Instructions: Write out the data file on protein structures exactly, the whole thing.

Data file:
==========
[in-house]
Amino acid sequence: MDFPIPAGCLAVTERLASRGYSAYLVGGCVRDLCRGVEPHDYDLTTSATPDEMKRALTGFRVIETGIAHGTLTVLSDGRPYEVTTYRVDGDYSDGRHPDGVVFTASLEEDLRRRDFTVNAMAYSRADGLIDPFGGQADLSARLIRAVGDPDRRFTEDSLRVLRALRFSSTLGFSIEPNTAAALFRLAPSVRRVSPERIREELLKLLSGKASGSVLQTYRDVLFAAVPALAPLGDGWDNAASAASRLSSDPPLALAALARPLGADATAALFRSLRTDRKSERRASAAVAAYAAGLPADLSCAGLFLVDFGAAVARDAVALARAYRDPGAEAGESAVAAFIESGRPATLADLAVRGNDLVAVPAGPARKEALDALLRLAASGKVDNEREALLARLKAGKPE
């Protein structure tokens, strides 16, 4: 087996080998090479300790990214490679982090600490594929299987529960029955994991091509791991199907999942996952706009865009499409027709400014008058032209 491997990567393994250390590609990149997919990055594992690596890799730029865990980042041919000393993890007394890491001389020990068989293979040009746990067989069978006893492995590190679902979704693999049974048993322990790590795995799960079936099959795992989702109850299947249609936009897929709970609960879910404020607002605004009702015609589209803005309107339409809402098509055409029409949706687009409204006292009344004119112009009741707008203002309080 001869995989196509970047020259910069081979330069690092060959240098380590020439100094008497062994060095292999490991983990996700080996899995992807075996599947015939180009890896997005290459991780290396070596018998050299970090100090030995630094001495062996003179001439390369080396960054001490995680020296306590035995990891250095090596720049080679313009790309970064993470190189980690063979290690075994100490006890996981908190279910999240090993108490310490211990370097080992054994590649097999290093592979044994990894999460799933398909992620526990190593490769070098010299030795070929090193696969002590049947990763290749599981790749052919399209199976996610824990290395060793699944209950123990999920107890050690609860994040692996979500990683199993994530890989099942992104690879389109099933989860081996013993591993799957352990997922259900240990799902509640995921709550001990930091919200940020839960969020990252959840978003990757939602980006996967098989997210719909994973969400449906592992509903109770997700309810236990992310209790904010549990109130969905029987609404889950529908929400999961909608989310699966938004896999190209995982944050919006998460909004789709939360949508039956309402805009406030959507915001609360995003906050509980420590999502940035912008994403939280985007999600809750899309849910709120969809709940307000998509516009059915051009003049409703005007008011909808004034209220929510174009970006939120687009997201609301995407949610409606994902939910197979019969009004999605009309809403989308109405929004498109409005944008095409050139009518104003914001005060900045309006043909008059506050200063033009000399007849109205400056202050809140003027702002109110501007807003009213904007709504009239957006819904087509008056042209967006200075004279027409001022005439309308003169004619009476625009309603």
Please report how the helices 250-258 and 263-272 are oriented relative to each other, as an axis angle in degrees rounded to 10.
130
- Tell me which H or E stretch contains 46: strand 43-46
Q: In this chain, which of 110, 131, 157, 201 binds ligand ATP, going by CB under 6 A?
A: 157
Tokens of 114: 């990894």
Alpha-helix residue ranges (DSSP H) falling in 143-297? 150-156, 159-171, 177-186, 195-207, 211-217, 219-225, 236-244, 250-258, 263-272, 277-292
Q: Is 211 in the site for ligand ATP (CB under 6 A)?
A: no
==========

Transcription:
[in-house]
Amino acid sequence: MDFPIPAGCLAVTERLASRGYSAYLVGGCVRDLCRGVEPHDYDLTTSATPDEMKRALTGFRVIETGIAHGTLTVLSDGRPYEVTTYRVDGDYSDGRHPDGVVFTASLEEDLRRRDFTVNAMAYSRADGLIDPFGGQADLSARLIRAVGDPDRRFTEDSLRVLRALRFSSTLGFSIEPNTAAALFRLAPSVRRVSPERIREELLKLLSGKASGSVLQTYRDVLFAAVPALAPLGDGWDNAASAASRLSSDPPLALAALARPLGADATAALFRSLRTDRKSERRASAAVAAYAAGLPADLSCAGLFLVDFGAAVARDAVALARAYRDPGAEAGESAVAAFIESGRPATLADLAVRGNDLVAVPAGPARKEALDALLRLAASGKVDNEREALLARLKAGKPE
């Protein structure tokens, strides 16, 4: 087996080998090479300790990214490679982090600490594929299987529960029955994991091509791991199907999942996952706009865009499409027709400014008058032209 491997990567393994250390590609990149997919990055594992690596890799730029865990980042041919000393993890007394890491001389020990068989293979040009746990067989069978006893492995590190679902979704693999049974048993322990790590795995799960079936099959795992989702109850299947249609936009897929709970609960879910404020607002605004009702015609589209803005309107339409809402098509055409029409949706687009409204006292009344004119112009009741707008203002309080 001869995989196509970047020259910069081979330069690092060959240098380590020439100094008497062994060095292999490991983990996700080996899995992807075996599947015939180009890896997005290459991780290396070596018998050299970090100090030995630094001495062996003179001439390369080396960054001490995680020296306590035995990891250095090596720049080679313009790309970064993470190189980690063979290690075994100490006890996981908190279910999240090993108490310490211990370097080992054994590649097999290093592979044994990894999460799933398909992620526990190593490769070098010299030795070929090193696969002590049947990763290749599981790749052919399209199976996610824990290395060793699944209950123990999920107890050690609860994040692996979500990683199993994530890989099942992104690879389109099933989860081996013993591993799957352990997922259900240990799902509640995921709550001990930091919200940020839960969020990252959840978003990757939602980006996967098989997210719909994973969400449906592992509903109770997700309810236990992310209790904010549990109130969905029987609404889950529908929400999961909608989310699966938004896999190209995982944050919006998460909004789709939360949508039956309402805009406030959507915001609360995003906050509980420590999502940035912008994403939280985007999600809750899309849910709120969809709940307000998509516009059915051009003049409703005007008011909808004034209220929510174009970006939120687009997201609301995407949610409606994902939910197979019969009004999605009309809403989308109405929004498109409005944008095409050139009518104003914001005060900045309006043909008059506050200063033009000399007849109205400056202050809140003027702002109110501007807003009213904007709504009239957006819904087509008056042209967006200075004279027409001022005439309308003169004619009476625009309603």
Please report how the helices 250-258 and 263-272 are oriented relative to each other, as an axis angle in degrees rounded to 10.
130
- Tell me which H or E stretch contains 46: strand 43-46
Q: In this chain, which of 110, 131, 157, 201 binds ligand ATP, going by CB under 6 A?
A: 157
Tokens of 114: 């990894």
Alpha-helix residue ranges (DSSP H) falling in 143-297? 150-156, 159-171, 177-186, 195-207, 211-217, 219-225, 236-244, 250-258, 263-272, 277-292
Q: Is 211 in the site for ligand ATP (CB under 6 A)?
A: no